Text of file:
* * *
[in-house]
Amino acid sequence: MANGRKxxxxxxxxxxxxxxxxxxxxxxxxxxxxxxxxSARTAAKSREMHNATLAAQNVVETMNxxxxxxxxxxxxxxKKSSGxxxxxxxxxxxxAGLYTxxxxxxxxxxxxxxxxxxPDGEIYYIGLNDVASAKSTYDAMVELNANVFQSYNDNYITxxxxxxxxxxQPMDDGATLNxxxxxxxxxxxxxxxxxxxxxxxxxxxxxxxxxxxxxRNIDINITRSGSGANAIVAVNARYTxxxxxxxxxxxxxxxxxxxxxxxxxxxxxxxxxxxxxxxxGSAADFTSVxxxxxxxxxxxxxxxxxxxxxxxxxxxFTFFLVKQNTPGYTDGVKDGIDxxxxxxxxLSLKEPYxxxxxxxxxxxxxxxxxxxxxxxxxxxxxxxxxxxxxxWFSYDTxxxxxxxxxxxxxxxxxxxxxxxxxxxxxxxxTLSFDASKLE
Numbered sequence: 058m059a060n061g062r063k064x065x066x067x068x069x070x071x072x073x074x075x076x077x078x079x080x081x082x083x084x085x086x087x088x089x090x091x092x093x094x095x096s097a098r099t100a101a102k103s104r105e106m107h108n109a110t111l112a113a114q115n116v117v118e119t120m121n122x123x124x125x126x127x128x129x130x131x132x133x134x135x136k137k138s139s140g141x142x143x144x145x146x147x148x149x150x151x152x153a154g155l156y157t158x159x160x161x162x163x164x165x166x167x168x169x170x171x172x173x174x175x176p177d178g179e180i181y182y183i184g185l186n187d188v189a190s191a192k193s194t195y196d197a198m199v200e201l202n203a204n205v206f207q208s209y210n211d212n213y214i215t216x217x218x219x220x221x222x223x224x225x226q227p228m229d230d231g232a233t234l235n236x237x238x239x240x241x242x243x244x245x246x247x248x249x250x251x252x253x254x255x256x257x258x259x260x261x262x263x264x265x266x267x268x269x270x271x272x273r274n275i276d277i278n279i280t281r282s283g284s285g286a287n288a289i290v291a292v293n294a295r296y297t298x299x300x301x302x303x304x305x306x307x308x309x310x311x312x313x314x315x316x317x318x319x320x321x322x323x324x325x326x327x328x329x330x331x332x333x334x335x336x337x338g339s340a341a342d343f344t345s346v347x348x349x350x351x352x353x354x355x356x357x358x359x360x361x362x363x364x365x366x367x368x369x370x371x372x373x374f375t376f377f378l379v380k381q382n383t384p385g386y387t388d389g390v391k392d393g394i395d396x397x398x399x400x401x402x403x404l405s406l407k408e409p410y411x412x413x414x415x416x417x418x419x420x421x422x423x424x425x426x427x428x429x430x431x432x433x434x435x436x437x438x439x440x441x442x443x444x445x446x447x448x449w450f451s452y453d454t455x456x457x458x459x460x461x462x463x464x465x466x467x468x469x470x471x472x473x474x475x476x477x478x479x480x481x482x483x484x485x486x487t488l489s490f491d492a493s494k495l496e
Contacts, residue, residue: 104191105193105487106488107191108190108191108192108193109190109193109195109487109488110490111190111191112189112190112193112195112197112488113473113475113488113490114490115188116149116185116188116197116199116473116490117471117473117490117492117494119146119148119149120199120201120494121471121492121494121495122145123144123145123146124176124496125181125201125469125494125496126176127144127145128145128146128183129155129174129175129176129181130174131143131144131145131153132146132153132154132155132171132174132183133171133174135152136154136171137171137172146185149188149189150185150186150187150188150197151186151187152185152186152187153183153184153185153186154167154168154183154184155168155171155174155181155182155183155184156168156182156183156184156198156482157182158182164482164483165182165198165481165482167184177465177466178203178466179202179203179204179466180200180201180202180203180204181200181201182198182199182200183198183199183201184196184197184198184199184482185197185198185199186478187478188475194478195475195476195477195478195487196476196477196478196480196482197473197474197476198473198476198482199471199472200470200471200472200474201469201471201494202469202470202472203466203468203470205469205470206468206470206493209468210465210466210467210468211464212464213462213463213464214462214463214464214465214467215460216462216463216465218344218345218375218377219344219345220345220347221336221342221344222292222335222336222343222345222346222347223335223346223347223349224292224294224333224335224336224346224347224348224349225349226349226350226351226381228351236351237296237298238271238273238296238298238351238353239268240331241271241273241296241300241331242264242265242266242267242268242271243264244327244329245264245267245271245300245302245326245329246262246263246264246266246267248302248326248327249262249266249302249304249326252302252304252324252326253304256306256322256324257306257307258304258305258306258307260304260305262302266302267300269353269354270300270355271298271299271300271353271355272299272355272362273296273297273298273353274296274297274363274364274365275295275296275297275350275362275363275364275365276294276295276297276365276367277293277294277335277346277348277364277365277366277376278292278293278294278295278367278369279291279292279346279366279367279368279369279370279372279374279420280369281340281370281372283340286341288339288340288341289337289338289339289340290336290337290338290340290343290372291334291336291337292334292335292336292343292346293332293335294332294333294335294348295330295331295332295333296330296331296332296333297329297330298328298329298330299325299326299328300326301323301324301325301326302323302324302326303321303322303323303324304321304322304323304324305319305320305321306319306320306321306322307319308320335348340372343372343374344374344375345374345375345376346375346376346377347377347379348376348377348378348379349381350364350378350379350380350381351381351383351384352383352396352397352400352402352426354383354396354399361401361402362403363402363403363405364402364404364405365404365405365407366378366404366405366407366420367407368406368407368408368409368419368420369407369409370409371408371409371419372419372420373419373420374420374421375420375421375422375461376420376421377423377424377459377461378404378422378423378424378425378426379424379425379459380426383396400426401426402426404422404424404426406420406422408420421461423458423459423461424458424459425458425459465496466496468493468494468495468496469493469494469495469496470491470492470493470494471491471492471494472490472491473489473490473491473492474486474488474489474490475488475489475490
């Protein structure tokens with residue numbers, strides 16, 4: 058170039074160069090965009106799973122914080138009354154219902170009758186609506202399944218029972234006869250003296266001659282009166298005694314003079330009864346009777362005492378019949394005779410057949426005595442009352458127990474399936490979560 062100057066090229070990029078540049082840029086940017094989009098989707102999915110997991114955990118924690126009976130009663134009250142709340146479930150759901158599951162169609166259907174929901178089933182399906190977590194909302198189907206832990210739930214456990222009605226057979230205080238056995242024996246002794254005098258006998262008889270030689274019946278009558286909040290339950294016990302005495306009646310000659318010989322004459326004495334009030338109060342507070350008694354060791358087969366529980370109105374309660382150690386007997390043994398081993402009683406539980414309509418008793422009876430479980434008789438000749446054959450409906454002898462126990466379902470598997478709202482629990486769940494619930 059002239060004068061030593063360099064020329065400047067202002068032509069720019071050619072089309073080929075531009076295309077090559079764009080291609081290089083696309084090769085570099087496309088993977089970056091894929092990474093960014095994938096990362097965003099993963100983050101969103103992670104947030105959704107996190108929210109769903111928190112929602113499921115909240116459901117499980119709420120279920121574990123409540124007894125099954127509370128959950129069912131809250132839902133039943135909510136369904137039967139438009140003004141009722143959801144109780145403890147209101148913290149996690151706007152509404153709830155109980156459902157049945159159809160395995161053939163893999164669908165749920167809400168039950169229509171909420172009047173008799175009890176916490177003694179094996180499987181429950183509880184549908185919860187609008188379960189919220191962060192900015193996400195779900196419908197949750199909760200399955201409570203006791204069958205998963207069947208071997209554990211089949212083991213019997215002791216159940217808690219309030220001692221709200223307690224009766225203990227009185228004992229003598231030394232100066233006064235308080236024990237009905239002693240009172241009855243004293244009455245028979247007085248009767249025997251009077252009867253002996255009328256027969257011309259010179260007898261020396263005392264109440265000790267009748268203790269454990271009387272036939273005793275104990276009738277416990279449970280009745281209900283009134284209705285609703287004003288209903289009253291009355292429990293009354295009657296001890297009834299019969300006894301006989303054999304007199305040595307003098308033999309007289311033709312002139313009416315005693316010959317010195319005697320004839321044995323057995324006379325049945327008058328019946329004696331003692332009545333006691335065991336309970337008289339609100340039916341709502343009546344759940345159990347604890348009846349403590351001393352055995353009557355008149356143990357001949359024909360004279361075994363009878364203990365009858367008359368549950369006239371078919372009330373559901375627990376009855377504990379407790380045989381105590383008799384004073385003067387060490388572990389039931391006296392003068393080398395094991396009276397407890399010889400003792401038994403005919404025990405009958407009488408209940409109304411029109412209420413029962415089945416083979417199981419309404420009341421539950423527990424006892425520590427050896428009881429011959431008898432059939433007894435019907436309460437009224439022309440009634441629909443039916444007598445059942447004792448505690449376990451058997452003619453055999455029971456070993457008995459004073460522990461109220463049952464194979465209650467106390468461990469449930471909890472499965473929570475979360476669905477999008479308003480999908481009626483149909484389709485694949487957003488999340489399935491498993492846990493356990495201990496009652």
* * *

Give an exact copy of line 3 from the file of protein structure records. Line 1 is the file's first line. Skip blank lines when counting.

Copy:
Numbered sequence: 058m059a060n061g062r063k064x065x066x067x068x069x070x071x072x073x074x075x076x077x078x079x080x081x082x083x084x085x086x087x088x089x090x091x092x093x094x095x096s097a098r099t100a101a102k103s104r105e106m107h108n109a110t111l112a113a114q115n116v117v118e119t120m121n122x123x124x125x126x127x128x129x130x131x132x133x134x135x136k137k138s139s140g141x142x143x144x145x146x147x148x149x150x151x152x153a154g155l156y157t158x159x160x161x162x163x164x165x166x167x168x169x170x171x172x173x174x175x176p177d178g179e180i181y182y183i184g185l186n187d188v189a190s191a192k193s194t195y196d197a198m199v200e201l202n203a204n205v206f207q208s209y210n211d212n213y214i215t216x217x218x219x220x221x222x223x224x225x226q227p228m229d230d231g232a233t234l235n236x237x238x239x240x241x242x243x244x245x246x247x248x249x250x251x252x253x254x255x256x257x258x259x260x261x262x263x264x265x266x267x268x269x270x271x272x273r274n275i276d277i278n279i280t281r282s283g284s285g286a287n288a289i290v291a292v293n294a295r296y297t298x299x300x301x302x303x304x305x306x307x308x309x310x311x312x313x314x315x316x317x318x319x320x321x322x323x324x325x326x327x328x329x330x331x332x333x334x335x336x337x338g339s340a341a342d343f344t345s346v347x348x349x350x351x352x353x354x355x356x357x358x359x360x361x362x363x364x365x366x367x368x369x370x371x372x373x374f375t376f377f378l379v380k381q382n383t384p385g386y387t388d389g390v391k392d393g394i395d396x397x398x399x400x401x402x403x404l405s406l407k408e409p410y411x412x413x414x415x416x417x418x419x420x421x422x423x424x425x426x427x428x429x430x431x432x433x434x435x436x437x438x439x440x441x442x443x444x445x446x447x448x449w450f451s452y453d454t455x456x457x458x459x460x461x462x463x464x465x466x467x468x469x470x471x472x473x474x475x476x477x478x479x480x481x482x483x484x485x486x487t488l489s490f491d492a493s494k495l496e